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HomeSportsSoccerThe Canadian women's soccer team is in danger of missing the Olympics

The Canadian women’s soccer team is in danger of missing the Olympics


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When the Canadian women’s soccer team lost to the United States in the final of the CONCACAF W Championship in Mexico in July 2022, it didn’t seem like a big deal.

Yes, it would have been nice to beat the Americans for the regional title and take the one Olympic berth up for grabs in the tournament. But, surely, the reigning Olympic champions would have little trouble securing a ticket to the 2024 Games in Paris when they faced Jamaica in a second-chance, winner-take-all qualifier.

After all, Canada, ranked eighth in the world at the time, had just trounced the 51st-ranked Jamaicans 3-0 in the semifinals of the CONCACAF championship tournament before dropping a hard-fought 1-0 decision to the top-ranked Americans in the final. The Canadians were simply on a different level.

But, now that the Canada-Jamaica qualifier has finally arrived, that may no longer be the case. And Canada must confront the real possibility of losing the chance to defend its Olympic title.

The two-leg playoff for CONCACAF’s final Olympic spot begins Friday at 8 p.m. ET in Kingston, Jamaica and concludes Tuesday at 7 p.m. ET at a sold-out BMO Field in Toronto. The aggregate score of the two matches determines the winner. If it’s tied, the team with more away goals wins. If that doesn’t solve it, 30 minutes of extra time will be played, followed by a penalty shootout if necessary. The winner goes to the Olympics. The loser misses out, and there are no more chances to qualify.

Obviously, the stakes are high. But more concerning for Canada is that these teams appear to be headed in opposite directions based on their performances at this summer’s World Cup in Australia and New Zealand.

The Canadians were one of the most disappointing teams in the tournament, failing to get out of the group stage after getting trounced 4-0 by 10th-ranked Australia when they needed only a draw to advance. The quick flameout dropped the Olympic champs from seventh to 10th in the world rankings.

Jamaica, on the other hand, was one of the World Cup’s most pleasant surprises. After giving up an astonishing 12 goals (and scoring only one) in their tournament debut four years earlier, the world’s 43rd-ranked team shut out all three of its group opponents to advance to the knockout stage. The Reggae Girlz earned the Caribbean’s first-ever Women’s World Cup victory when they beat Panama 1-0, and they battled No. 5 France and No. 8 Brazil to surprising scoreless draws before falling 1-0 to a very good Colombian team in the Round of 16. As a result, Jamaica climbed six spots to No. 37 in the world rankings.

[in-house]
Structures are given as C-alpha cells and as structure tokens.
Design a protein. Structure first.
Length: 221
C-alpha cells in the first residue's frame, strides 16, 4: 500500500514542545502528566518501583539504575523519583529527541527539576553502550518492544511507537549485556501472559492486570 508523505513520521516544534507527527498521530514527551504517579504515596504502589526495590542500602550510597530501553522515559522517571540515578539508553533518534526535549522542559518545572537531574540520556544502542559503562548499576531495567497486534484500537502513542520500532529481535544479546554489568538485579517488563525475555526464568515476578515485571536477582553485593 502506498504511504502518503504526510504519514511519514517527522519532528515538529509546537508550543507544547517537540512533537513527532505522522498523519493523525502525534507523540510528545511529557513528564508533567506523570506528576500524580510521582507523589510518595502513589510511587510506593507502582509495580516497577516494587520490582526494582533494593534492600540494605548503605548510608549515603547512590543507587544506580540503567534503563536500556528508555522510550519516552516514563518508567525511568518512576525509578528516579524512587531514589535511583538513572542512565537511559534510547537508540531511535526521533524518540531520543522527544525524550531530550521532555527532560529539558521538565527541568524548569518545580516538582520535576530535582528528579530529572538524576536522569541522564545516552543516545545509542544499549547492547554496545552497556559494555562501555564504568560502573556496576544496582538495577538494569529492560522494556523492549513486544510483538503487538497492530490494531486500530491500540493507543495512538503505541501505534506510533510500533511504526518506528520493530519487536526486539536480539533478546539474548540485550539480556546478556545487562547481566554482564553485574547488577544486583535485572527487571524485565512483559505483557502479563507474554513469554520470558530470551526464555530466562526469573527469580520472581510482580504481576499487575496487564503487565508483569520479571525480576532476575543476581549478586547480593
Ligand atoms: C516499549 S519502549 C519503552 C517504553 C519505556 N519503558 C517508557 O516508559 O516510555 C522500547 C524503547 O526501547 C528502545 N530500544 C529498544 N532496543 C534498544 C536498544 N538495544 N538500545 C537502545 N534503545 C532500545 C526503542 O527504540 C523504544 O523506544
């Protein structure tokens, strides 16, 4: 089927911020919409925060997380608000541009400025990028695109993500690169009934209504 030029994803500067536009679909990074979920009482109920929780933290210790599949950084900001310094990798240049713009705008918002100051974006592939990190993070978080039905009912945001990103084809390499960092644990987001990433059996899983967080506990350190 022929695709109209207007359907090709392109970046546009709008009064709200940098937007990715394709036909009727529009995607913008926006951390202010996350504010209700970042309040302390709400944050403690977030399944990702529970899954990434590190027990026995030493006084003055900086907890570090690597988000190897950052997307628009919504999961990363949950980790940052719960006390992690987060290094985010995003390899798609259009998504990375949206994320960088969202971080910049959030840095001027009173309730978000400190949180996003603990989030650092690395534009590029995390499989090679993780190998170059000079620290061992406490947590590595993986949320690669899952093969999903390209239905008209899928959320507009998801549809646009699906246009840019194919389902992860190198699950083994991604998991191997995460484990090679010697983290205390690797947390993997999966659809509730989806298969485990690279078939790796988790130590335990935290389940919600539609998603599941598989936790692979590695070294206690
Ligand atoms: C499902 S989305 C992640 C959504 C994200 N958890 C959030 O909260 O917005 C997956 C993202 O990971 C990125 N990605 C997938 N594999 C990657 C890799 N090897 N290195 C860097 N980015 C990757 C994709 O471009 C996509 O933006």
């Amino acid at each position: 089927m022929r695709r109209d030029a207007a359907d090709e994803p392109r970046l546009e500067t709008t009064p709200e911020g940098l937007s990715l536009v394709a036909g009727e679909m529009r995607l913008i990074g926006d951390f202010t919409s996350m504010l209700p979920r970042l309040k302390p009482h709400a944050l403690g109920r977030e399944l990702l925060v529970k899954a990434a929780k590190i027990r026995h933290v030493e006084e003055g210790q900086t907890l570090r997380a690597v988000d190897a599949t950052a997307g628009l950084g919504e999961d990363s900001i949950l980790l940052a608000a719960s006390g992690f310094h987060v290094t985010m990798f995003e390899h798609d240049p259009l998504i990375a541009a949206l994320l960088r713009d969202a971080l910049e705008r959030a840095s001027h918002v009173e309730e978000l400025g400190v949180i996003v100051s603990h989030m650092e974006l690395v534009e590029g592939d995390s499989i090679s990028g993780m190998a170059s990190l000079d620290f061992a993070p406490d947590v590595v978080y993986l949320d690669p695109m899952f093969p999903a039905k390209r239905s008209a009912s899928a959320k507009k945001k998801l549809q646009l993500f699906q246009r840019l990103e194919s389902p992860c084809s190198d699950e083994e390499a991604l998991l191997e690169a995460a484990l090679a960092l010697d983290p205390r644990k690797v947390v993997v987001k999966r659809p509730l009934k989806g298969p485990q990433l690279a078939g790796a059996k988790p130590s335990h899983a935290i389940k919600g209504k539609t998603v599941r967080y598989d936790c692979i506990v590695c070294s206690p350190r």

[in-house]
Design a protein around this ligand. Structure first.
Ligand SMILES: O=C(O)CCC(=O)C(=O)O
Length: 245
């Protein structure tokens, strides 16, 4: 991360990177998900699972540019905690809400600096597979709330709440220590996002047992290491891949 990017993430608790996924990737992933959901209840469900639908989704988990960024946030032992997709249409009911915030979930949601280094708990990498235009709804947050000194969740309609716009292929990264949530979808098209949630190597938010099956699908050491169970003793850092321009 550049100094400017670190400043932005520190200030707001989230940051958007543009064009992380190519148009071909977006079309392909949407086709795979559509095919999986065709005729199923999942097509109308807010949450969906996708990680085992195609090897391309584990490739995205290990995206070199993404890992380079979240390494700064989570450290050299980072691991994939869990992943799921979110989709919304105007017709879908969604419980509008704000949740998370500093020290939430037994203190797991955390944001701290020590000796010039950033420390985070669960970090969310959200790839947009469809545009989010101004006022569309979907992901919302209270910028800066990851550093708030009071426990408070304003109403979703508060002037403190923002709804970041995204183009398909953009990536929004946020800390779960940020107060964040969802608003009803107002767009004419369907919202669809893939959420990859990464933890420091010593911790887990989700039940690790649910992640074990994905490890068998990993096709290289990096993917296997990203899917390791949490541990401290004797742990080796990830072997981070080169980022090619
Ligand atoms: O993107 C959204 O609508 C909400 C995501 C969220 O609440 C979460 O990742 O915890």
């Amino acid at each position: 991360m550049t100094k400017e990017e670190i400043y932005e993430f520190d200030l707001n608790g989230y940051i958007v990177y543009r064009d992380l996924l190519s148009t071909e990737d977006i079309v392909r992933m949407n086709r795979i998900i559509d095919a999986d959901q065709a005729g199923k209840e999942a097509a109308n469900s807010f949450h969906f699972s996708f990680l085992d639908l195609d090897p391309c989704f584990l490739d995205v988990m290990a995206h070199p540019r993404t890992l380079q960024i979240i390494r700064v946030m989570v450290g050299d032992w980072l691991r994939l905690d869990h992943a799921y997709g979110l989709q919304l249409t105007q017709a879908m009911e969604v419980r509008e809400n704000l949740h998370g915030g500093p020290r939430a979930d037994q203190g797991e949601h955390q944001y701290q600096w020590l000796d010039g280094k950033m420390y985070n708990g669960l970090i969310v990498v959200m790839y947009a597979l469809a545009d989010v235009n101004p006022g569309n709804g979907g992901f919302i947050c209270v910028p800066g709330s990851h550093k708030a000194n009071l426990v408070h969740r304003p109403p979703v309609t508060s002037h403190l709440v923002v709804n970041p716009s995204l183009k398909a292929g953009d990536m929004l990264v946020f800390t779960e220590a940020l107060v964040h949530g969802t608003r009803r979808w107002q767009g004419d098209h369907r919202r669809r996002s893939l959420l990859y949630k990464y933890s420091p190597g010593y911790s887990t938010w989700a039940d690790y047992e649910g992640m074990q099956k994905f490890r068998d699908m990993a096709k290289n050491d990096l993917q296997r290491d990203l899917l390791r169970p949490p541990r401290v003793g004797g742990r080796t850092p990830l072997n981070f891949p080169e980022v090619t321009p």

Rocky road for Canada

To be fair to the Canadians, they endured a rough road to the World Cup. A great deal of their energy was sapped by a bitter (and still ongoing) labour dispute with Canada Soccer over what the players describe as inadequate resources and support from the inept national governing body.

But the Jamaicans overcame probably even worse treatment from an even more threadbare federation. Tired of the lack of support, the team turned to crowdfunding to help defray its World Cup expenses and raised nearly $100,000 US for its trip to Australia. The Reggae Girlz then repaid their donors with sweat equity, masking their shortage of scoring talent with airtight defensive play and a fierce team spirit that made them more than the sum of their parts.

Sound familiar? That’s essentially the formula that carried Canada to its stunning Olympic gold medal in 2021. But coach Bev Priestman’s squad’s once-impenetrable defence looks a bit leaky these days, while 40-year-old Christine Sinclair’s decline has exposed the dearth of reliable scorers on the roster. In their seven matches so far in 2023, the Canadians have surrendered 12 goals while scoring just five.

Given those concerns, and with Jamaica so successfully emulating Canada’s blueprint, the Olympic champs could have their hands full in this high-pressure playoff matchup. It can no longer be treated as a formality. If the Canadians want the chance to defend their gold medal, they’re going to have to work for it.

Read more about the Canada vs. Jamaica playoff in this preview by CBC Sports’ Signa Butler.


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